tirsdag 18. februar 2014

Final (?) Saw mix and detune circuit tested

This week I've spent at least 20 hours recalculating and building the saw mix and detune circuits on a solderless breadboard. I changed the mix and detune inputs to accept 0 to 10V instead of 0 to 5V, and also added an offset input to be able to use -5 to 5V inputs. The detune output still ranges from 0 to 5V, but the mixer slopes are now 0 to 10V as well, as this is what the VCAs I use expects.

I did a lot of up front calculations, but the final circuits were adjusted by ear. I am pretty pleased with the result, enough to go ahead and redraw the PCBs. I have decided to place the two VCAs on a separate, tiny PCB, which can be reused for other projects. I will also try to fit all parts on a single PCB instead of the two that the initial design uses, but this probably requires me to use SMD components again - the prototype uses almost 30 op amps and more than 50 resistors and takes up one and a half proto board :-)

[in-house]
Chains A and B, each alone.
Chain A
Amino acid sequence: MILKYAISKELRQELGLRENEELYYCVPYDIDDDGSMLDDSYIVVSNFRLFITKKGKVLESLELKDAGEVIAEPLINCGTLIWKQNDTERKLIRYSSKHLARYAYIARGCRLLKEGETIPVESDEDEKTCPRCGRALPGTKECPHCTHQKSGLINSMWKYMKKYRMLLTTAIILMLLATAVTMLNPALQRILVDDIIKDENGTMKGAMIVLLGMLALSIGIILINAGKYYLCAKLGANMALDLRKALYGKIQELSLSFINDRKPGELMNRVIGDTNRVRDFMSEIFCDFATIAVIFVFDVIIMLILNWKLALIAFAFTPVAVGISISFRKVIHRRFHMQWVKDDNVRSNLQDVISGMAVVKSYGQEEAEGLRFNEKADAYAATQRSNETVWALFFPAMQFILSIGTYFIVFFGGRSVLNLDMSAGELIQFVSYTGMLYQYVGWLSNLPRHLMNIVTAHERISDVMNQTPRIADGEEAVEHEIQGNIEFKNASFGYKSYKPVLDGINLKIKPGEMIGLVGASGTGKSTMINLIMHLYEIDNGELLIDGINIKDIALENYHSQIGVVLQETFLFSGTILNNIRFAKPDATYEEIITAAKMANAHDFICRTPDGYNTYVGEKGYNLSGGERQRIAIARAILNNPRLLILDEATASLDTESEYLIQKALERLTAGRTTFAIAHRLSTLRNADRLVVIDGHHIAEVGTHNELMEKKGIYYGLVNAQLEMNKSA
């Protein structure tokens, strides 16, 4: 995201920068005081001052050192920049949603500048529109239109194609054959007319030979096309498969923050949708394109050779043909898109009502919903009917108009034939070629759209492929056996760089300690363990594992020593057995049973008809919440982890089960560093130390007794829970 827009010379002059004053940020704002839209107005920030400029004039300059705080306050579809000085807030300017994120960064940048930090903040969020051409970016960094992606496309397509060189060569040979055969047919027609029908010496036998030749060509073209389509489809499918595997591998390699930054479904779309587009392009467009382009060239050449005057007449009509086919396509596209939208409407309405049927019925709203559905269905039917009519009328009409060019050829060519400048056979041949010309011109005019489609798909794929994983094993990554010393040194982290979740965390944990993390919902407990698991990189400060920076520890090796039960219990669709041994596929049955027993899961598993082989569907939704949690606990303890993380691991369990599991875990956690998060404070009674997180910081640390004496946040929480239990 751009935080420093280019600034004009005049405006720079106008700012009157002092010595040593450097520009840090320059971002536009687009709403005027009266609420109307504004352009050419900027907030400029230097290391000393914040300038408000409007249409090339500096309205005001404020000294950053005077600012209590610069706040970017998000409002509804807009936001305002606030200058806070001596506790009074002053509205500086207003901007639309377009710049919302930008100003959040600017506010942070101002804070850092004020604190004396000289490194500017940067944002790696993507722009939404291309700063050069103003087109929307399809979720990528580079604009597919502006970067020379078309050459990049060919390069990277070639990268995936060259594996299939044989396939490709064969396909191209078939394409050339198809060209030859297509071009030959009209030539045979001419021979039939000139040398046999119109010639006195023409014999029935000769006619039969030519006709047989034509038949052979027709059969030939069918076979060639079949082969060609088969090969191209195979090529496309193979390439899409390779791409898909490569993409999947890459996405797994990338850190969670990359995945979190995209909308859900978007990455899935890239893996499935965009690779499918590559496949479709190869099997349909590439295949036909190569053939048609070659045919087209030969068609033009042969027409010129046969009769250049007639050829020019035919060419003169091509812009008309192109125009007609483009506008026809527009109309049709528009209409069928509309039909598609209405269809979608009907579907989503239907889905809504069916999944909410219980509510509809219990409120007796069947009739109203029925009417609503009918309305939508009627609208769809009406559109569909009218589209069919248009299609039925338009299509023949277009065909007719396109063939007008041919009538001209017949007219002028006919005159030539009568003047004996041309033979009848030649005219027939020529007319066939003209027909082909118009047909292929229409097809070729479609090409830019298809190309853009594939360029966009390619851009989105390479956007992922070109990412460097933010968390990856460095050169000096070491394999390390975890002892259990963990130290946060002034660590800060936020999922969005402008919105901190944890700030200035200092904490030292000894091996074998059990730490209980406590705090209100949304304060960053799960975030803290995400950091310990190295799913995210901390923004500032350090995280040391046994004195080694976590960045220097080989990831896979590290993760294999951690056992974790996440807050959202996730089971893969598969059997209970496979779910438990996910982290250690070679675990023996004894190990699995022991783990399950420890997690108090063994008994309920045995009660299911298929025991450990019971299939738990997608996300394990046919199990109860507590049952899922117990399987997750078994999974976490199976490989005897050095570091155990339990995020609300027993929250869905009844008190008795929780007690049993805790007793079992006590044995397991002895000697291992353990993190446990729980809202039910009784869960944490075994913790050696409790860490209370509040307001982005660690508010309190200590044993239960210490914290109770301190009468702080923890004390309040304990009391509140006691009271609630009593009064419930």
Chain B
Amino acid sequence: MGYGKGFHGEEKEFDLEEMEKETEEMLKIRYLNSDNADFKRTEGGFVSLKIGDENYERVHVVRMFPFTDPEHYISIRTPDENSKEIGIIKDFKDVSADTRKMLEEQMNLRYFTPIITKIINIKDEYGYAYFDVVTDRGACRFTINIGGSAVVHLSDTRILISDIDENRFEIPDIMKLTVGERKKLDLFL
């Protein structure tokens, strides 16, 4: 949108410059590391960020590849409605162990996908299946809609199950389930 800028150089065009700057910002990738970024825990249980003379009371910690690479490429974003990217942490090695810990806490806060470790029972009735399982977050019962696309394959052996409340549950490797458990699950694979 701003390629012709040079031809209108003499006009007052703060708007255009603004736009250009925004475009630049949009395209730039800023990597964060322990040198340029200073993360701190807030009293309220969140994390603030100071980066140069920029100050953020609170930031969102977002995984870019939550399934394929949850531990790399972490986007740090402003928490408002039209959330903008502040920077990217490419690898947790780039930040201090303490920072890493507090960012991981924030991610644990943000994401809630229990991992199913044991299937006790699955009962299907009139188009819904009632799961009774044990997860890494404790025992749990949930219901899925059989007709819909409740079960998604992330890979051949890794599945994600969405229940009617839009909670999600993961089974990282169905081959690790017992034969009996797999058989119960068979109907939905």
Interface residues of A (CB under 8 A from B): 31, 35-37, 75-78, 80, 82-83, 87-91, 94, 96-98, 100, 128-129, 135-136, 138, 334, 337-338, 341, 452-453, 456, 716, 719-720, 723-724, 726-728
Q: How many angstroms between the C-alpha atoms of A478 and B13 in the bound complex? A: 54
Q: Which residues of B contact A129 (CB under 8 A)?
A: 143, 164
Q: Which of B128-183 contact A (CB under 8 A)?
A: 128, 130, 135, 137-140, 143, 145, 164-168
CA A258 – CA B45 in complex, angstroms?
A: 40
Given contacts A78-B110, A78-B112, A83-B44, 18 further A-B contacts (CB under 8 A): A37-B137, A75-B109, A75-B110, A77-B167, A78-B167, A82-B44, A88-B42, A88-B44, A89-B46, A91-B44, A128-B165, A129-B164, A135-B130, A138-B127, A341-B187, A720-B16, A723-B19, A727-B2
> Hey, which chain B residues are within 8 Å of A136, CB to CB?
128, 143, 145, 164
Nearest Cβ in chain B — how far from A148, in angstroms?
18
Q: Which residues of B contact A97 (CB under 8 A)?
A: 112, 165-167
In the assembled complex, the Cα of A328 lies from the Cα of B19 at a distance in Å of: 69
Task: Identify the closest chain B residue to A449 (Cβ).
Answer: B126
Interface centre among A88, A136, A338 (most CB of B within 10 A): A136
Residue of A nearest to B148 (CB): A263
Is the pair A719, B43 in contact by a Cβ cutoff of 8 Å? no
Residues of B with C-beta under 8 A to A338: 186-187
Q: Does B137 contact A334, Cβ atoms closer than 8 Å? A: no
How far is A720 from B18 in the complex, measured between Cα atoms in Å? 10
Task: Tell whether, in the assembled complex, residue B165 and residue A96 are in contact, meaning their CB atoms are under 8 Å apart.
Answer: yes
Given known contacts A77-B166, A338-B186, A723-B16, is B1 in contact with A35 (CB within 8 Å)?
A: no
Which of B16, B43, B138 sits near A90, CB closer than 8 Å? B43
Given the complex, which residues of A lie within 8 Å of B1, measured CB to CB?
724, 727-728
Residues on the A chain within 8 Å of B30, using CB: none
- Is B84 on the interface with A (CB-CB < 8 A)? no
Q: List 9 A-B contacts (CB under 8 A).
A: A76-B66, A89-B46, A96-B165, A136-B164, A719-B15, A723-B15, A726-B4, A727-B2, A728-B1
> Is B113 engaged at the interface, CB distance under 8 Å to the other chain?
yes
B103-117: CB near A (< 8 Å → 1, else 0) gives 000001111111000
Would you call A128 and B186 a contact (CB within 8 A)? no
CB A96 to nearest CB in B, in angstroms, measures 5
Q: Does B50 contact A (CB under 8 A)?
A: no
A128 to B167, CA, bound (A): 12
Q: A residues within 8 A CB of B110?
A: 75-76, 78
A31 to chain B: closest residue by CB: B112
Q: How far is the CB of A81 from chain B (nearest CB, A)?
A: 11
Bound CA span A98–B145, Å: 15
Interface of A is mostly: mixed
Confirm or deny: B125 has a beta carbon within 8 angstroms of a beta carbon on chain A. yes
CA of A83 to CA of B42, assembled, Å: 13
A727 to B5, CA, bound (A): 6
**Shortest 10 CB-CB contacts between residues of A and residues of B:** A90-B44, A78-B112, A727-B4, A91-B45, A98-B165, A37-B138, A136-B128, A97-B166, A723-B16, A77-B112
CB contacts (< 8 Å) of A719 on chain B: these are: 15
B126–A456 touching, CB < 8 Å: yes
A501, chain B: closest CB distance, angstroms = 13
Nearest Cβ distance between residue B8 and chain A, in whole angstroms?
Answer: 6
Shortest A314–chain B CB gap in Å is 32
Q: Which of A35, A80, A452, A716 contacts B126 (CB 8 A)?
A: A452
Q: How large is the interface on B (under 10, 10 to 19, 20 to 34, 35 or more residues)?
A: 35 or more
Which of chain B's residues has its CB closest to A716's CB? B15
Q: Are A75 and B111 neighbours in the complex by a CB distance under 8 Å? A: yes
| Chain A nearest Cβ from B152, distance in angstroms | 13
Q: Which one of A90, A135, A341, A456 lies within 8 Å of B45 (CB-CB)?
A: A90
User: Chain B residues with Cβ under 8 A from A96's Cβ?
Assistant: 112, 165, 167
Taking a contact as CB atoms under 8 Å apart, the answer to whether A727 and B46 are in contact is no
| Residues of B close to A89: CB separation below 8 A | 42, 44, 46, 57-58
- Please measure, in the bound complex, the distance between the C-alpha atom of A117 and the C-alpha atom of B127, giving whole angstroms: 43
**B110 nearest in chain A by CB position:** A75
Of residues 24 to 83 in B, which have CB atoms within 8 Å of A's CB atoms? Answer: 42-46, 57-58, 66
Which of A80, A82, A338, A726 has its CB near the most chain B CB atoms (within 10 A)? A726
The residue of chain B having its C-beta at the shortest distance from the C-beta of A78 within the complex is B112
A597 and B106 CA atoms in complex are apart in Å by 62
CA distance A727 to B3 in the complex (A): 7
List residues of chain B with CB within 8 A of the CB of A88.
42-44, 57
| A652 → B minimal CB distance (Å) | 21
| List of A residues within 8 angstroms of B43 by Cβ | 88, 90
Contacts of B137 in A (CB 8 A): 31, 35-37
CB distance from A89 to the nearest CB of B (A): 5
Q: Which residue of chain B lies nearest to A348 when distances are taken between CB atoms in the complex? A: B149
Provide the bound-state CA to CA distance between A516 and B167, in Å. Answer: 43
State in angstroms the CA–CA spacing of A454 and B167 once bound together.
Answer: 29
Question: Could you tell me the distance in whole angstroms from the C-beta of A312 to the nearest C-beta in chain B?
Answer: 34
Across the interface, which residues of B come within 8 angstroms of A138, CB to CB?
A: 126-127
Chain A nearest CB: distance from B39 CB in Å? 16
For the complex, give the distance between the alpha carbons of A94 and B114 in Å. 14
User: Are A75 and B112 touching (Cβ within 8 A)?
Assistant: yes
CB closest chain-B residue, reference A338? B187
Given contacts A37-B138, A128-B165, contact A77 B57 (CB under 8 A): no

The result is quite good, although not as good as I initially hoped and dreamed about. I am still impressed with the result though, especially at lower frequencies - it will make one hell of a bass sound. I may try to make a "computune"-style automatic tuner, to keep the oscillators better synced. I will also add a chorus, filter and perhaps distortion module, but for now I will focus on making the controller PCB.

The prototype fills two breadboards and includes all the necessary electronics for generating separate detune slopes for each oscillator, mixers to mix the single input pitch CV with the detune CV, mix CV slope generators, two VCAs and two audio mixers. To the right, behind the breadboard, is the 8 oscillator module.

Before protoboarding this circuit, i finished the 8 oscillator module, complete with separate fine tune pots and 8 CV in / 8 saw out connectors. It looks very cool!.

I shot a few videos for a friend of mine - the quality is crap but it illustrates how things work: